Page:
Tracheal Dose Delivery in a Representative Oro Nasal Airway Model of a Newborn (RONAN) across Three Noninvasive Ventilation Interfaces for the Pediatric Population.

Andrew O’Sullivan, Louise Sweeney, Ronan Mac Loughlin

The pediatric population has a preference for noninvasive methods of aerosol drug delivery. Nasal cannula and facemask are two means of noninvasive ventilatory support. This study investigated the effect of these on aerosol delivery to the pediatric patient.
The feasibility of aerosol delivery in combination with open and closed facemask options with supplemental oxygen and also along with nasal cannula in a model of a 4 month old was investigated. Tracheal dose at each supplemental oxygen gas flow rate under test (2 and 6 LPM) was recorded in triplicate for each interface type.
Results: The closed face mask facilitated the highest tracheal dose (19.47 ± 2.60% at 2 LPM) & (14.40 ± 0.41% at 6 LPM) compared with both the open face mask (10.12 ± 0.86% at 2 LPM) & (6.64 ± 0.21% at 6 LPM) and nasal cannula (6.44 ± 0.20% at 2 LPM) & (1.44 ± 0.08% at 6 LPM).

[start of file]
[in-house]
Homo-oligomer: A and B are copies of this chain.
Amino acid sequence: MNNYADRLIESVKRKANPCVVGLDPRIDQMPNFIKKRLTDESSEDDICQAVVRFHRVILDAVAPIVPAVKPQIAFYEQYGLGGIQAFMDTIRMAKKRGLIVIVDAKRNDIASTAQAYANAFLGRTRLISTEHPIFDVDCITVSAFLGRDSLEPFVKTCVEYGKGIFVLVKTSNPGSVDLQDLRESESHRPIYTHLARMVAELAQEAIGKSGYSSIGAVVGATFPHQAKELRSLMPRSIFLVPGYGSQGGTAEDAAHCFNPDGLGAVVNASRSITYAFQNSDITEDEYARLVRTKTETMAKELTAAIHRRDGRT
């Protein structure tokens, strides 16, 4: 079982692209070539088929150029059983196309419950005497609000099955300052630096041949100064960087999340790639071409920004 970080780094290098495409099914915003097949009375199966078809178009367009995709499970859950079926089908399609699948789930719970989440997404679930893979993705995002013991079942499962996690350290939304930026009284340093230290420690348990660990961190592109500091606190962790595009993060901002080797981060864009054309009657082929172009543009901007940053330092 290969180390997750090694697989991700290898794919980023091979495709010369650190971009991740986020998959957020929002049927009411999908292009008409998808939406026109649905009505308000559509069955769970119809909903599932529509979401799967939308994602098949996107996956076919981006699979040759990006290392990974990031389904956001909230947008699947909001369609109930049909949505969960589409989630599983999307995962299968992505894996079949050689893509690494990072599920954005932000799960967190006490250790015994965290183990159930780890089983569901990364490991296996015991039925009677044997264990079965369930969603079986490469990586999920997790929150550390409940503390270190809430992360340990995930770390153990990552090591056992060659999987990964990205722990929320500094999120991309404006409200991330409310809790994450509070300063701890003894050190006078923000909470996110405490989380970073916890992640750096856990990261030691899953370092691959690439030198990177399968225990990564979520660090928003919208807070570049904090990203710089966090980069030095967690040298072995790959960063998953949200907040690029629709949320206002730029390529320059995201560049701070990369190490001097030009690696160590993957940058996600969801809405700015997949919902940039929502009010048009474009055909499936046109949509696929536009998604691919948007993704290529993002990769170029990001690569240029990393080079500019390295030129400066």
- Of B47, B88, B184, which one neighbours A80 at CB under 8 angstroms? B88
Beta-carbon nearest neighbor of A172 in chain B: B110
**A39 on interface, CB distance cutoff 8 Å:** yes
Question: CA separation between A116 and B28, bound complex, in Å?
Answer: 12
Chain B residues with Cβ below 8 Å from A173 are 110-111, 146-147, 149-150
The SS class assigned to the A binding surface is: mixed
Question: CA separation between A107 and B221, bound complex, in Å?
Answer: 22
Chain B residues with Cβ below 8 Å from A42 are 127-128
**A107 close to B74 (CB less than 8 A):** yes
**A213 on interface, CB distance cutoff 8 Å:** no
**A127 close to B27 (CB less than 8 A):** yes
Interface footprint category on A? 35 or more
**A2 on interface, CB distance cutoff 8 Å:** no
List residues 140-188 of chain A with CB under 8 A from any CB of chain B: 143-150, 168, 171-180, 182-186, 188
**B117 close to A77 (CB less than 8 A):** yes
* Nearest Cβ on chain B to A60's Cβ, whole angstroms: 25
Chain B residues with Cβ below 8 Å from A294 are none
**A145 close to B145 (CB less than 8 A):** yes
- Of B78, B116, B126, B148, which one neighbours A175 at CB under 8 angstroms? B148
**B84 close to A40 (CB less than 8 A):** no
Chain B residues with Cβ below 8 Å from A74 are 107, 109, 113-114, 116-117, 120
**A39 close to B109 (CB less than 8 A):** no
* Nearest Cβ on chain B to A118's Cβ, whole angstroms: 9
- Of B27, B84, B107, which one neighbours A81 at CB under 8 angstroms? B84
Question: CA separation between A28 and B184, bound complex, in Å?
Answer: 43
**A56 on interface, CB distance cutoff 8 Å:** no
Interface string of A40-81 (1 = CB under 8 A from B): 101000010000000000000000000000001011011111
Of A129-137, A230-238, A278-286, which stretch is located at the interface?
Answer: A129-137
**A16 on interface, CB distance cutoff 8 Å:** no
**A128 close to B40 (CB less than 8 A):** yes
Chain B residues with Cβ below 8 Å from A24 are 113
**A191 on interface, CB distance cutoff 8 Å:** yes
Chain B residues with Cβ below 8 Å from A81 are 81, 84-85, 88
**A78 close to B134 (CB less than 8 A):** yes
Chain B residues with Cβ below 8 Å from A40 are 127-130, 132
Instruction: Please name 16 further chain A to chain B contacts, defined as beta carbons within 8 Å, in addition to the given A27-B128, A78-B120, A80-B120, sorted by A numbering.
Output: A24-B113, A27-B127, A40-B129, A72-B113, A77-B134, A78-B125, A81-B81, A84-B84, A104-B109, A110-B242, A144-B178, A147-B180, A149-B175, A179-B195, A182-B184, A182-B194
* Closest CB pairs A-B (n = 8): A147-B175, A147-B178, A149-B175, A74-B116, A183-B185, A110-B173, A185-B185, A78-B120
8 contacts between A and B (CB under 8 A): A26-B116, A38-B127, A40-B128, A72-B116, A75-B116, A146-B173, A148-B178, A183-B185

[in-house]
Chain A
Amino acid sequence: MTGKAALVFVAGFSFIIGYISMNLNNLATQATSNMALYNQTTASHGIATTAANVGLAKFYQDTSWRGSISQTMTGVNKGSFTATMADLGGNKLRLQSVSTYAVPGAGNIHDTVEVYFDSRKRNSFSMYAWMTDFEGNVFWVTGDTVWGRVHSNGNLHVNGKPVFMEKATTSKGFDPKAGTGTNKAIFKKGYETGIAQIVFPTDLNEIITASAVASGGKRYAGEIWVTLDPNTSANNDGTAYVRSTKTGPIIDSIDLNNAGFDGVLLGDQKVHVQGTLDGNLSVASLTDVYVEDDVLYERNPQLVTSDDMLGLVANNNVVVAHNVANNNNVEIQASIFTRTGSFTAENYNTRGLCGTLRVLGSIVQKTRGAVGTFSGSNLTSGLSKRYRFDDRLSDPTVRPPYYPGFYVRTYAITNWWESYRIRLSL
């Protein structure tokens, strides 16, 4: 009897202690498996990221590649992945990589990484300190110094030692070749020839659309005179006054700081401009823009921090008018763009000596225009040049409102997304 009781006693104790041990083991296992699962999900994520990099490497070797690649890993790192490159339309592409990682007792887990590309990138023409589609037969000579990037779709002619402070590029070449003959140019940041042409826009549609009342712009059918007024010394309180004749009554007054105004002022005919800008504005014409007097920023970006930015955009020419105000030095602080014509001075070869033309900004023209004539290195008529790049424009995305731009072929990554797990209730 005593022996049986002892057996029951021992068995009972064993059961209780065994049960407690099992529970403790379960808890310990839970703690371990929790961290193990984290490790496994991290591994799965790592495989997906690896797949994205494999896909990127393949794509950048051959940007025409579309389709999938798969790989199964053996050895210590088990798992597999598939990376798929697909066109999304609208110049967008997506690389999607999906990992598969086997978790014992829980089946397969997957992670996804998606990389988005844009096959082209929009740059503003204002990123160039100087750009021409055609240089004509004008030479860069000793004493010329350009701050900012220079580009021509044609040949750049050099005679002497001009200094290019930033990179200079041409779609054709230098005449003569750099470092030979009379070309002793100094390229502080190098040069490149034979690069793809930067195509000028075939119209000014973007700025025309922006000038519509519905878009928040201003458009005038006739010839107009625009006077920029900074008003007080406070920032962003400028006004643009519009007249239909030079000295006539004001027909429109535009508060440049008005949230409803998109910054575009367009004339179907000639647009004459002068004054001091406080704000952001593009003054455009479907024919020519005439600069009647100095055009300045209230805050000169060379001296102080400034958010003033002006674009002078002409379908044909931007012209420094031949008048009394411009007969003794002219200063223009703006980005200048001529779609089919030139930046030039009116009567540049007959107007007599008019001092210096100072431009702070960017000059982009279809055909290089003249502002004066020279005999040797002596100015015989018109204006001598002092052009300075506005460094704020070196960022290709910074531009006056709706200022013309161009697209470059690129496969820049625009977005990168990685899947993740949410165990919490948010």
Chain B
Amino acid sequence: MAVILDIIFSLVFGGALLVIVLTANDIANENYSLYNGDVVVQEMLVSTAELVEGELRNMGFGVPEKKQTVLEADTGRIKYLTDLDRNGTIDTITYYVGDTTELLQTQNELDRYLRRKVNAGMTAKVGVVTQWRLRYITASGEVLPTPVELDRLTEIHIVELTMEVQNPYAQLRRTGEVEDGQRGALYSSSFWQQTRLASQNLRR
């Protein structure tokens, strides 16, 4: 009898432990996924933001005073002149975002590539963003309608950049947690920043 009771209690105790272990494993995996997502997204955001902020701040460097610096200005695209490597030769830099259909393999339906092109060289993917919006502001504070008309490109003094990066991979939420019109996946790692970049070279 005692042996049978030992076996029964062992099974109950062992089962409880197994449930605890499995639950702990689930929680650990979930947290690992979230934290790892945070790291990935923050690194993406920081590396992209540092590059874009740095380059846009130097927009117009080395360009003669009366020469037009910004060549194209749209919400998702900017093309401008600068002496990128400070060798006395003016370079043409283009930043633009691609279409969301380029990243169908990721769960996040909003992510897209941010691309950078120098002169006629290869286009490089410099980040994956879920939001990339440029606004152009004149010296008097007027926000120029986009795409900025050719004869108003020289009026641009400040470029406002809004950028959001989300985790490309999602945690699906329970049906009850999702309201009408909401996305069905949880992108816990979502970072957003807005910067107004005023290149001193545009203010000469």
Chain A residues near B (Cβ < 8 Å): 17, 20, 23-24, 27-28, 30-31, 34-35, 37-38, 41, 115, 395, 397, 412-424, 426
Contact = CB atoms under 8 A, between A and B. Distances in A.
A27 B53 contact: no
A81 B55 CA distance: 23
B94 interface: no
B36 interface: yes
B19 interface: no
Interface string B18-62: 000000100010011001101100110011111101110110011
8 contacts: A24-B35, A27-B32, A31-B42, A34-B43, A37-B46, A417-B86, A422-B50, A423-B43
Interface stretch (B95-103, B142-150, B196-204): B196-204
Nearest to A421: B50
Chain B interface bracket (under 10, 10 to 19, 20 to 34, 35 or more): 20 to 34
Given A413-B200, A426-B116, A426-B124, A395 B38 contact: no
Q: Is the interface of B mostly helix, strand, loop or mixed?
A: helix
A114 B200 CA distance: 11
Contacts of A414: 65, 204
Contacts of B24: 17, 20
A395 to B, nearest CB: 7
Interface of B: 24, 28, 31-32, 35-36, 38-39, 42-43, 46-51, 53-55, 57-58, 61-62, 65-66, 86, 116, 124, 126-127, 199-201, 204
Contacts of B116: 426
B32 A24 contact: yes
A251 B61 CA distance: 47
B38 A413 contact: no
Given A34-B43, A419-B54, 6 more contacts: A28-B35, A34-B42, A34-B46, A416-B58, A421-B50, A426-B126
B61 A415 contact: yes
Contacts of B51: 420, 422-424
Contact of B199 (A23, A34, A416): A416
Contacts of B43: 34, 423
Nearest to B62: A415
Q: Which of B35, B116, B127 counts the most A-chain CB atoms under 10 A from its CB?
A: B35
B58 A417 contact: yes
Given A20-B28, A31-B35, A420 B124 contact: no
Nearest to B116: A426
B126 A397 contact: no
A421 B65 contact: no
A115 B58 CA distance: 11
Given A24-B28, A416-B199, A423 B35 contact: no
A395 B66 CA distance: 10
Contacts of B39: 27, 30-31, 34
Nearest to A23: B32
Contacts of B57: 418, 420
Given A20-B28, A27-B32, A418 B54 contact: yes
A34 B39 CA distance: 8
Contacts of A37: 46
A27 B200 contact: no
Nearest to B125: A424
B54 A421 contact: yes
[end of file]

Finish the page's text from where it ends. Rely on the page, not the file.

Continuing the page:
The feasibility of relatively high levels of aerosol drug delivery in a model of a 4 month old paediatric patient was successfully demonstrated. It is evident that closed aerosol delivery systems deliver larger fractions of the aerosol past the trachea than the open systems of open facemask and nasal cannula. It is likely that the closed system facilitates this improved performance on the basis that there is less aerosol lost through leaks as the supplemental oxygen pressurises the system, and during the exhalation phase of the breath.

Join today to view and download the full abstract/presentation